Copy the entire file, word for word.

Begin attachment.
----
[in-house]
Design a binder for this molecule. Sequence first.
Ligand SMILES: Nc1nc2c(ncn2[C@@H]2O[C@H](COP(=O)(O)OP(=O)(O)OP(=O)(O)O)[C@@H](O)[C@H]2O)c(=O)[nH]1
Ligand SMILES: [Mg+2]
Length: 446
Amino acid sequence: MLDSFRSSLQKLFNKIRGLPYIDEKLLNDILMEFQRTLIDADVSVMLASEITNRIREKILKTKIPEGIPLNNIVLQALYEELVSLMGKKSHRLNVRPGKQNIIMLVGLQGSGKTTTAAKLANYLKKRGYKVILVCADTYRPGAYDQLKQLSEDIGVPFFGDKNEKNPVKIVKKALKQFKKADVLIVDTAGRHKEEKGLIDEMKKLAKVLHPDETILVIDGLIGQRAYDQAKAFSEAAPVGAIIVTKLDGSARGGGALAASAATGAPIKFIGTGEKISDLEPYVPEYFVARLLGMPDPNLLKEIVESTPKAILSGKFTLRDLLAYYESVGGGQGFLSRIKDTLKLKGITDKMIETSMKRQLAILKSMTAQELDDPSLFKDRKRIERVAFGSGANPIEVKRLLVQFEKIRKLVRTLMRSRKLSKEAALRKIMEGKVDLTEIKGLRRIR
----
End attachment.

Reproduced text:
[in-house]
Design a binder for this molecule. Sequence first.
Ligand SMILES: Nc1nc2c(ncn2[C@@H]2O[C@H](COP(=O)(O)OP(=O)(O)OP(=O)(O)O)[C@@H](O)[C@H]2O)c(=O)[nH]1
Ligand SMILES: [Mg+2]
Length: 446
Amino acid sequence: MLDSFRSSLQKLFNKIRGLPYIDEKLLNDILMEFQRTLIDADVSVMLASEITNRIREKILKTKIPEGIPLNNIVLQALYEELVSLMGKKSHRLNVRPGKQNIIMLVGLQGSGKTTTAAKLANYLKKRGYKVILVCADTYRPGAYDQLKQLSEDIGVPFFGDKNEKNPVKIVKKALKQFKKADVLIVDTAGRHKEEKGLIDEMKKLAKVLHPDETILVIDGLIGQRAYDQAKAFSEAAPVGAIIVTKLDGSARGGGALAASAATGAPIKFIGTGEKISDLEPYVPEYFVARLLGMPDPNLLKEIVESTPKAILSGKFTLRDLLAYYESVGGGQGFLSRIKDTLKLKGITDKMIETSMKRQLAILKSMTAQELDDPSLFKDRKRIERVAFGSGANPIEVKRLLVQFEKIRKLVRTLMRSRKLSKEAALRKIMEGKVDLTEIKGLRRIR